Making environmentally friendly choices is important for the planet, but they can also require planning and changing your behaviours.
When it comes to choosing what’s right for your household, there are three areas that you can consider: what you choose to buy, your daily habits, and what you do with the things that you don’t need.
Becoming a conscious consumer
The next time your family needs a new item, consider whether purchasing it is your only option. While modern living means we don’t always have the kind of relationships where we can pop next door to borrow something, there are community organisations and even tech solutions that can step in.
In your community you might find toy libraries, book libraries, tool libraries or even maker spaces which are designed to enable people to fix or upgrade the things that they have. When you’re looking for resources like this, your local council can point you in the right direction.
The ‘sharing economy’ is the broad term for the explosion of platforms that support peer-to-peer sharing or renting of resources. While you’ll likely have heard of well-known names like AirBnB and Uber, this is a fast-moving space and there may be a solution for the very thing you need. A quick internet search could well save you a purchase.
When you do need to buy, you have the choice of new or second-hand. Places like eBay, Gumtree and charity stores often have near-new items available for purchase, making them a good first port of call. If you decide to buy new, where possible look for good quality items that won’t need to be replaced in a hurry.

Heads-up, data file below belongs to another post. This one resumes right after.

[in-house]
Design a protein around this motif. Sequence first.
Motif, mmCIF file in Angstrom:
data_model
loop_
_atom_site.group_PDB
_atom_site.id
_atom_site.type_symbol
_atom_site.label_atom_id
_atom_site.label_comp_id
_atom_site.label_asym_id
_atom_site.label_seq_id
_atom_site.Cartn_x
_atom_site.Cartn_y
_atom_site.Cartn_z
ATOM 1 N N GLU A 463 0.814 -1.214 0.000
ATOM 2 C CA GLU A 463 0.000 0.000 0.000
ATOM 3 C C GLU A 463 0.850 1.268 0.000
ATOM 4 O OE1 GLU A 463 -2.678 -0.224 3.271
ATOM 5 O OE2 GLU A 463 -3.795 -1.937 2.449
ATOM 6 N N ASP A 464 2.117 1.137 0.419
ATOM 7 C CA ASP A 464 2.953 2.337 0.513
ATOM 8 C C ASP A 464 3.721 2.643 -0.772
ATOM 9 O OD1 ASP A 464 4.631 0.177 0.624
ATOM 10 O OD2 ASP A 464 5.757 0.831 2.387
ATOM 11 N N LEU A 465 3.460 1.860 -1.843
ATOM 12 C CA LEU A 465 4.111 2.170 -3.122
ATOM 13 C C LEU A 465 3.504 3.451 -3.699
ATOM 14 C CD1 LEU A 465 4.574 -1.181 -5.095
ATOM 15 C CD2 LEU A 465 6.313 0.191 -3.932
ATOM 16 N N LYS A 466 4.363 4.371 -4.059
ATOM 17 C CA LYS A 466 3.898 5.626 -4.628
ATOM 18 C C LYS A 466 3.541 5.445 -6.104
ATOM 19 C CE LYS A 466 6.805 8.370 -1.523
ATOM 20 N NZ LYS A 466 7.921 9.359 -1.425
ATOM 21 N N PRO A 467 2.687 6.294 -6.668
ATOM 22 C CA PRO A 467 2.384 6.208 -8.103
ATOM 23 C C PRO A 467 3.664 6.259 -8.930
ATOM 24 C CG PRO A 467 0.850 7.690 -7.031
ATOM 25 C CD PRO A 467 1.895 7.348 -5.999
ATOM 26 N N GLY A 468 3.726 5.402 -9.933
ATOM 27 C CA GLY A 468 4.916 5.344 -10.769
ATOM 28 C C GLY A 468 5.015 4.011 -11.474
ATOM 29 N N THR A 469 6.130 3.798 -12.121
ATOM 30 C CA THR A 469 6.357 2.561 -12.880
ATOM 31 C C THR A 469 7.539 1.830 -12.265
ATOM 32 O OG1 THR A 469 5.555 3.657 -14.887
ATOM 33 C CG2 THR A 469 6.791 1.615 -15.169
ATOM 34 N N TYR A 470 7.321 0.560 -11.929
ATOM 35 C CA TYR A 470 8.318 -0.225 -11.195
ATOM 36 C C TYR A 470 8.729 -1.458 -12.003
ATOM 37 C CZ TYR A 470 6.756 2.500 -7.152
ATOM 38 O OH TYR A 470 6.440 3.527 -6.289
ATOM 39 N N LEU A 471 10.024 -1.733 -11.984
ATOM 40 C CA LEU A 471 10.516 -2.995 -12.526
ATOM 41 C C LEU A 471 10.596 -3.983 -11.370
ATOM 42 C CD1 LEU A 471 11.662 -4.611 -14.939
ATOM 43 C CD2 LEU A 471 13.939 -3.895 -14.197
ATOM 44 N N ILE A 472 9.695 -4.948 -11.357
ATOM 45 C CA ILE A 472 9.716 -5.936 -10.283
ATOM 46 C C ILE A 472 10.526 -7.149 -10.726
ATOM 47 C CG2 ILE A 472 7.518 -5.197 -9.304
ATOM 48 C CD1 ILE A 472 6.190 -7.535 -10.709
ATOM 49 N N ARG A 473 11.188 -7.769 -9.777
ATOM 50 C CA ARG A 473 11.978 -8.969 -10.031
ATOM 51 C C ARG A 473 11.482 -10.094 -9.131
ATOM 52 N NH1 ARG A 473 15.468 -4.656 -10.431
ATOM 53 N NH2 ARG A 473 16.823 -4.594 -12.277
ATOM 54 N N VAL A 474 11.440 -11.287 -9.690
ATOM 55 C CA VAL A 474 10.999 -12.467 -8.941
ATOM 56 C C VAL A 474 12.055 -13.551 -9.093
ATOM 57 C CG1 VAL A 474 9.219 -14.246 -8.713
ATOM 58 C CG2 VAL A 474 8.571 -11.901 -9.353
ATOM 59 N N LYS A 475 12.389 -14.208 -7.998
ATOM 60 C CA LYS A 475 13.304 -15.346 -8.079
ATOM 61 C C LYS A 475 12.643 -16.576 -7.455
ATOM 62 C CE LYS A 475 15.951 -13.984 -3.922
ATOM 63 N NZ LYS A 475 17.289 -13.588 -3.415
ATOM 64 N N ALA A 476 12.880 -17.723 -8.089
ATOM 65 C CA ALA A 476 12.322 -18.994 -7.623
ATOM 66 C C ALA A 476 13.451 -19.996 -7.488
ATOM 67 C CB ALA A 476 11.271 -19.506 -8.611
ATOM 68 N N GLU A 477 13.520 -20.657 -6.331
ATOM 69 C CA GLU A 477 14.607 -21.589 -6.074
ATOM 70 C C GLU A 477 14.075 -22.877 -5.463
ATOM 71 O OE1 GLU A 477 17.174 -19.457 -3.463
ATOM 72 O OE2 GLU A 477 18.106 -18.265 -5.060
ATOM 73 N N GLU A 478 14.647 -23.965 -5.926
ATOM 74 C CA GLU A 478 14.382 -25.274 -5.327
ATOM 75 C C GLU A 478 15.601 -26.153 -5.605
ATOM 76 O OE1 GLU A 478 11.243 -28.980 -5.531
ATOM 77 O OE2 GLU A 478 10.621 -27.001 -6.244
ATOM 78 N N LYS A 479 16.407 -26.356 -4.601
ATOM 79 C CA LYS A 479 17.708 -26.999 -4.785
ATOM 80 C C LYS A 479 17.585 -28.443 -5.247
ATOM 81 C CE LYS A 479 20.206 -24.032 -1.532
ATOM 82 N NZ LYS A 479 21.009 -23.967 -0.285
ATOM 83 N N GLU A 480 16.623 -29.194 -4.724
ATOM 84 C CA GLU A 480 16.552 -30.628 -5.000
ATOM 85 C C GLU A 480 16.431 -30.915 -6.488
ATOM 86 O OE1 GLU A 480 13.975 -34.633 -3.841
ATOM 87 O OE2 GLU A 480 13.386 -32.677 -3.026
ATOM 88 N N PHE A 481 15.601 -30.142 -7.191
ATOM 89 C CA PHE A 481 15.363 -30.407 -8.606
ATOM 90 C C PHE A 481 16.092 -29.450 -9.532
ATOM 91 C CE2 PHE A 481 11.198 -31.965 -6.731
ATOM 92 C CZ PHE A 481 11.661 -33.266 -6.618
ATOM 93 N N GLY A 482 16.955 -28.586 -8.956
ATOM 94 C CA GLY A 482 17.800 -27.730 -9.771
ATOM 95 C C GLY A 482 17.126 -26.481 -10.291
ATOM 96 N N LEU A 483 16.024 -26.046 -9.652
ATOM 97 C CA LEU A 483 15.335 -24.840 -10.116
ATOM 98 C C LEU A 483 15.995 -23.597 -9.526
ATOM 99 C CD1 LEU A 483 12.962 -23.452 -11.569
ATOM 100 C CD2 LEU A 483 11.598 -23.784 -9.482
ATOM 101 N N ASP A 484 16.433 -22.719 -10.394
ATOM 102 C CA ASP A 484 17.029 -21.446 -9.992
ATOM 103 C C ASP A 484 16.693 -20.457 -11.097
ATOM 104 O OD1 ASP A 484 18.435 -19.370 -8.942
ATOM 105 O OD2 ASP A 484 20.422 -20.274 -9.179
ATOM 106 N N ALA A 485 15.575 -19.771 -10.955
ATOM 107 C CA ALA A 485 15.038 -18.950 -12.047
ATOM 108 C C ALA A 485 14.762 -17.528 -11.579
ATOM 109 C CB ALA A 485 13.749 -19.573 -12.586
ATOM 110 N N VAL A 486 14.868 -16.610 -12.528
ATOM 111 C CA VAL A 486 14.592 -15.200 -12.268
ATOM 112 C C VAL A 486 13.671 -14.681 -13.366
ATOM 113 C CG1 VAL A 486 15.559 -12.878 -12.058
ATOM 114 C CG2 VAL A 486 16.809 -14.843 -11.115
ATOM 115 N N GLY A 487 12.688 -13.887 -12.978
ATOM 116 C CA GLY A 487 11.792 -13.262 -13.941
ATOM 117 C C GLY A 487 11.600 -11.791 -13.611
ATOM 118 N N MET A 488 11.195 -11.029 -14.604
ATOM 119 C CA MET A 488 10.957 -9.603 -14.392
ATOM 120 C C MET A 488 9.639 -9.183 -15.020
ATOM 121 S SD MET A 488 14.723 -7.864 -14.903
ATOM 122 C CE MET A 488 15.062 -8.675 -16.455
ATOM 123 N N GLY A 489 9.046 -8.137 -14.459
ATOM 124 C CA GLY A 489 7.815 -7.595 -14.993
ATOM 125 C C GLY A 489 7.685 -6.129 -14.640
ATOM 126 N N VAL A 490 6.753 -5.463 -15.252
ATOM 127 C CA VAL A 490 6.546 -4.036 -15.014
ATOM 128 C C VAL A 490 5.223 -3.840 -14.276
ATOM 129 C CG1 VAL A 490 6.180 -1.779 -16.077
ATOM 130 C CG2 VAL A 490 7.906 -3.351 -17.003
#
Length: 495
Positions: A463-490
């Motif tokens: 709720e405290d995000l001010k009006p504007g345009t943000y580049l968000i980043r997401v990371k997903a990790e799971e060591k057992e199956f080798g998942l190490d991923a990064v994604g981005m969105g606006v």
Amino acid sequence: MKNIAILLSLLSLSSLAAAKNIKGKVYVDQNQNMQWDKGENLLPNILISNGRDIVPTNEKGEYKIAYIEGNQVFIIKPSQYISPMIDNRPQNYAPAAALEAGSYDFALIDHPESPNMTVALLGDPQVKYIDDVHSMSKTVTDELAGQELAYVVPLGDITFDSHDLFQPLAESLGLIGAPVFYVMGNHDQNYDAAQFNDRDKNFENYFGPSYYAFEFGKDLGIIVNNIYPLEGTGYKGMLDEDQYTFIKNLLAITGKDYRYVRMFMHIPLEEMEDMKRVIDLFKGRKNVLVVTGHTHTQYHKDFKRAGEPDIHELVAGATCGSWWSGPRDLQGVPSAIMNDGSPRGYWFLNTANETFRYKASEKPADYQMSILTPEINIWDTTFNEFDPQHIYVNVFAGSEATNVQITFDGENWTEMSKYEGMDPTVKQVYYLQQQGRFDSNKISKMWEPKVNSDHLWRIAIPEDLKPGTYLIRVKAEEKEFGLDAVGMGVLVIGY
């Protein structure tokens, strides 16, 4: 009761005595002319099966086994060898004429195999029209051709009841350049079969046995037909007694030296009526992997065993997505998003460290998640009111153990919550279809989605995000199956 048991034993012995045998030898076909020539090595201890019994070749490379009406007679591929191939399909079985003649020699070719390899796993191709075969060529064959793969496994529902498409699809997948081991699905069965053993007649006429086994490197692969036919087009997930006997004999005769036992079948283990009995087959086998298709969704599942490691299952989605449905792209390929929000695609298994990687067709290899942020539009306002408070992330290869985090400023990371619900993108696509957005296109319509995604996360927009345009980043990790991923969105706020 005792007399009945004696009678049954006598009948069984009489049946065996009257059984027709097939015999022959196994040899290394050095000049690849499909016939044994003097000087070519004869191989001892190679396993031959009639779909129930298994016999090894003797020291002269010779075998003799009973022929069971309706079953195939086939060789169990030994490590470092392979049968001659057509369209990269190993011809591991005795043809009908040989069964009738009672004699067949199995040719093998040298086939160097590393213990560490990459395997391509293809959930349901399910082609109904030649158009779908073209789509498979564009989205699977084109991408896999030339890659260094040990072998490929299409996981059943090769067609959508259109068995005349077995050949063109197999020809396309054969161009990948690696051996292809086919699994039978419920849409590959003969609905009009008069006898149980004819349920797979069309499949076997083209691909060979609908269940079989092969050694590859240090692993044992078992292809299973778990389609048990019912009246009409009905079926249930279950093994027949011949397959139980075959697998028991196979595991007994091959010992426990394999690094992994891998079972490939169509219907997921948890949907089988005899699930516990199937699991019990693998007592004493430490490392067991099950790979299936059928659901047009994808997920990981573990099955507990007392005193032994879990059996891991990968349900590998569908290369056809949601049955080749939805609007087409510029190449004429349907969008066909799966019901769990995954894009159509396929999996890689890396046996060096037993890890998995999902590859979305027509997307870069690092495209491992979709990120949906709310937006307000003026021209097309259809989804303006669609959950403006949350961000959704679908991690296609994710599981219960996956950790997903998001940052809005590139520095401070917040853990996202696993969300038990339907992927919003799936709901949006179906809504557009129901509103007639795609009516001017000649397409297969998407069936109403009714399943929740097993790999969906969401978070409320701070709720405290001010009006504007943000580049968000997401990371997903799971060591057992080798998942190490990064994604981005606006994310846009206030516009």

Creating ‘green habits’ together
Sometimes it’s difficult to see how small actions add up to larger change when you’re making good choices for the environment – and it can be even tougher to explain to kids why you’re making these changes. So, a hands-on approach can be a great way to involve children and get everyone thinking about the day-to-day choices we make.
If you have the room – even a balcony or windowsill can work – try creating a garden as a family. The highs and lows of growing plants is a great way to illustrate environmental concepts to kids. As a bonus, if you choose edibles you might get a healthy homegrown snack out of it too!
If your kids respond to systems like a star chart, consider introducing one for environmentally-friendly behaviours, like recycling, reusing containers and bottles and not wasting food.
To help kids understand the bigger picture, look for community events like clean-ups or tree planting days. Again, your local council is a great place to start to find events that you can take part in together.
Finding better ways to deal with waste
Of course, the best way to deal with household waste is not to create it! Taking some time each week to meal plan is a great way to ensure that you’re only shopping for what you need and don’t end up with a lot of food waste. When you do have bits to throw away, composting lets you turn scraps into useful fertiliser. If you don’t have an outdoor area, or are worried about maintaining a larger compost system, a bokashi bin system may be for you.
You’re probably already sorting your common household rubbish into recyclables, but what about those bigger or more unusual items? Have a look at the services provided by TerraCycle who specialise in recycling the “non-recyclable” like coffee capsules, pens and plastic gloves.
Local collection programs like Hard Rubbish are a good way to get rid of larger items, but don’t forget to look for avenues where you can sell or donate items in good condition. You might just save a neighbor from having to make a new purchase of their own!